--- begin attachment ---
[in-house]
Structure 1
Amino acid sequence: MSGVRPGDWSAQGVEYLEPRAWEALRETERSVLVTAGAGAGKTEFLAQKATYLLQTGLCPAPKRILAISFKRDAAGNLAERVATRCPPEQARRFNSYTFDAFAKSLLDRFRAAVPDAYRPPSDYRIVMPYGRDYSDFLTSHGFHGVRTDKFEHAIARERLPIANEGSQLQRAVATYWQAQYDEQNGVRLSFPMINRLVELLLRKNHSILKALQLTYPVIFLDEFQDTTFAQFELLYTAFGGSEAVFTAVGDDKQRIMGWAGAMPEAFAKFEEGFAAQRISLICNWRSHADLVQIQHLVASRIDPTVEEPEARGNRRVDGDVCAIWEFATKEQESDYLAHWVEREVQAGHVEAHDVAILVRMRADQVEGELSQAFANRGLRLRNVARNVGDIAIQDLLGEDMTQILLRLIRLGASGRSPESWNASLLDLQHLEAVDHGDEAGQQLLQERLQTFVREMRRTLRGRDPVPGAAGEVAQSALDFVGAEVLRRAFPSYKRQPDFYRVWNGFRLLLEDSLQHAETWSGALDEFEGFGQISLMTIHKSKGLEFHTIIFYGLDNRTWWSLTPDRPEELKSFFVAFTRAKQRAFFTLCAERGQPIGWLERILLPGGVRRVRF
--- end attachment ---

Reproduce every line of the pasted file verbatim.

[in-house]
Structure 1
Amino acid sequence: MSGVRPGDWSAQGVEYLEPRAWEALRETERSVLVTAGAGAGKTEFLAQKATYLLQTGLCPAPKRILAISFKRDAAGNLAERVATRCPPEQARRFNSYTFDAFAKSLLDRFRAAVPDAYRPPSDYRIVMPYGRDYSDFLTSHGFHGVRTDKFEHAIARERLPIANEGSQLQRAVATYWQAQYDEQNGVRLSFPMINRLVELLLRKNHSILKALQLTYPVIFLDEFQDTTFAQFELLYTAFGGSEAVFTAVGDDKQRIMGWAGAMPEAFAKFEEGFAAQRISLICNWRSHADLVQIQHLVASRIDPTVEEPEARGNRRVDGDVCAIWEFATKEQESDYLAHWVEREVQAGHVEAHDVAILVRMRADQVEGELSQAFANRGLRLRNVARNVGDIAIQDLLGEDMTQILLRLIRLGASGRSPESWNASLLDLQHLEAVDHGDEAGQQLLQERLQTFVREMRRTLRGRDPVPGAAGEVAQSALDFVGAEVLRRAFPSYKRQPDFYRVWNGFRLLLEDSLQHAETWSGALDEFEGFGQISLMTIHKSKGLEFHTIIFYGLDNRTWWSLTPDRPEELKSFFVAFTRAKQRAFFTLCAERGQPIGWLERILLPGGVRRVRF